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see tensetense
[O.Fr., from Lat.,=time], in the grammar of many languages, a category of time distinctions expressed by any conjugated form of a verb. In Latin inflection the tense of a verb is indicated by a suffix that also indicates the verb's voice, mood, person, and number.
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The following article is from The Great Soviet Encyclopedia (1979). It might be outdated or ideologically biased.



a grammatical tense characteristic of several languages (Greek, Old Indo-European, Old Slavic, Old Russian, and others).

The aorist designates a completed action in the past—for example, the Old Slavic polozhikh b (I placed), as compared with the past imperfect tense, polagaakh b (I was placing). Inasmuch as the aorist expresses completed action, in those languages which have grammatical aspect it is most often formed from the verb stems of the perfective aspect. Aorists based on stems of the imperfective aspect designate a prolonged action. It is supposed that the meaning of the aorist as a past tense developed relatively late in the Indo-European languages and that originally the aorist form expressed an aspect designating in this instance a non-prolonged or instantaneous action regardless of tense. The term “aorist” is also used in certain languages to designate an aspect form which simply states an action without providing any indication of its length in time. For example, in aboriginal languages the aorist designates an action in process without any indication of the time of its completion.

The Great Soviet Encyclopedia, 3rd Edition (1970-1979). © 2010 The Gale Group, Inc. All rights reserved.
References in periodicals archive ?
It has been proposed here that this root derives from Greek [TEXT NOT REPRODUCIBLE IN ASCII] the aorist infinitive of [TEXT NOT REPRODUCIBLE IN ASCII]'to perceive, foresee; to provide, take care of.
Cor 5:10)." (27) The anteriority suggested by the aorist in the
One of the weaknesses of previous research on the categorial status of the 'adjectival' participle is that it does not take into account either the perfect or the aorist participle (which, as mentioned above, could also be used for adjectival periphrasis).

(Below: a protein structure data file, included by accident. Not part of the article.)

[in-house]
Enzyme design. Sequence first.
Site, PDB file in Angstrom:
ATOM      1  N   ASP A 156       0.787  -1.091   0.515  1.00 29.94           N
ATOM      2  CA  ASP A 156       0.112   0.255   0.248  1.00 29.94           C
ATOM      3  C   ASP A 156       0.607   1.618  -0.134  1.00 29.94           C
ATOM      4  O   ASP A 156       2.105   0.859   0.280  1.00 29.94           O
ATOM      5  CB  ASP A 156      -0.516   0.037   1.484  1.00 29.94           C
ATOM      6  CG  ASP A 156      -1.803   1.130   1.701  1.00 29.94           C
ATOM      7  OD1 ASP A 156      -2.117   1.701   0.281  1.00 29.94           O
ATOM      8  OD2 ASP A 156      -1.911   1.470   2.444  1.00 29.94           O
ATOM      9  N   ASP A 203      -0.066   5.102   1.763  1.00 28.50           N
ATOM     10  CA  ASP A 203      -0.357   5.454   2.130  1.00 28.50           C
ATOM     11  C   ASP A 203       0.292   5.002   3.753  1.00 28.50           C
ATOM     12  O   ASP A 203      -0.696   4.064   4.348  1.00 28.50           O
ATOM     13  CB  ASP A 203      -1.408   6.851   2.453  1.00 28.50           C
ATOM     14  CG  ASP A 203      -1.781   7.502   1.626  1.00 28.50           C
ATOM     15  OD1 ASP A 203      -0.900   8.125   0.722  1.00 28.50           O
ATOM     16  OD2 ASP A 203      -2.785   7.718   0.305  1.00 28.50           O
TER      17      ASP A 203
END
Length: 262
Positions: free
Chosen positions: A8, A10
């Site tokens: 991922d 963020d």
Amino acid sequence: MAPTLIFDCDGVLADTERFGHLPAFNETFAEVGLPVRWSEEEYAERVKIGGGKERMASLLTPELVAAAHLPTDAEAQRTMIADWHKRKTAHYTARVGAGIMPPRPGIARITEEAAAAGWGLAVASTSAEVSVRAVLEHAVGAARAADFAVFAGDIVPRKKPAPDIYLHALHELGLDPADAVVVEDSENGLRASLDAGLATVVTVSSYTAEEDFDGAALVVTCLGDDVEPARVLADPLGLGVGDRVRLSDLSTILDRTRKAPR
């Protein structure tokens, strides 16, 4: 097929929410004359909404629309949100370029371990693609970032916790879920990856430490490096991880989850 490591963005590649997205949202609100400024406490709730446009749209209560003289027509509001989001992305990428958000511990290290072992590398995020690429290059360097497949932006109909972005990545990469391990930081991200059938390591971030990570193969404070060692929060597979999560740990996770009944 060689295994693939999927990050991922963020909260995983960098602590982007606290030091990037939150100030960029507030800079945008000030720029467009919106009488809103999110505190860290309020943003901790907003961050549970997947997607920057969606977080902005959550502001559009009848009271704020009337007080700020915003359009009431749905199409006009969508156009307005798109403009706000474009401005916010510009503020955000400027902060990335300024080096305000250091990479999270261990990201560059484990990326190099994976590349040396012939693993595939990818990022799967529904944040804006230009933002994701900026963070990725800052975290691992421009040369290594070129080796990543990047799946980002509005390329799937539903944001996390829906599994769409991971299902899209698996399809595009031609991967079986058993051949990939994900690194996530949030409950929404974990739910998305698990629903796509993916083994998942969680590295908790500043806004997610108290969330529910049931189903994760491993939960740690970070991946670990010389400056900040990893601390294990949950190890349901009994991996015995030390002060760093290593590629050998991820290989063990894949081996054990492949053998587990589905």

Although 1 Thessalonians 1:4-10 and 2:1-3:5 involve narrative elements (they recall Paul's experiences among the Thessalonians), they do not narrate a sequence; nevertheless, Paul does use the aorist for the main events.
It should be read as imperfective; had he meant to specify otherwise, Strabo would have chosen the aorist participle [TEXT NOT REPRODUCIBLE IN ASCII.].
Literally Jesus entered the house in order "to stay" (meinai; aorist tense of the verb, therefore prolonged action), the probability of going up to Jerusalem on the same day being remote.
Des weiteren lasst sich Popovs Behauptung, Perfekt und Aorist wurden in den walachobulgarischen Urkunden nach beobachteten und nicht beobachteten Handlungen getrennt, die er in den Rang einer Tatsache erhebt, nicht beweisen.
On the other hand, one could understand the petition to be an instance of what scholars call the Greek "aorist" verb tense of prayer.
The clause "[t]hat ceased not," which on the surface involves a simple temporal progression beyond the initial plea and the aorist possibilities of the verbs "begged" and "ceased," functions ultimately as an infinitive clause.
In the first three, the common emphasis is on the ongoing process, and they are all three expressed by the "imperfect tense," [4] also called "aorist" (borrowing from Greek grammar) by Bauer and Leander.
This has sometimes obscured the fact that this presbyter also speaks of the Gospel of Mark as recording `the things said or done by the Lord' [GREEK TEXT NOT REPRODUCIBLE IN ASCII], using here the aorist passive participle.(41) The source used by Eusebius in 3.24 uses the same notation.
In the additional sentence beginning [GREEK TEXT NOT REPRODUCIBLE IN ASCII] he marked two stages, the first being in the aorist passive [GREEK TEXT NOT REPRODUCIBLE IN ASCII].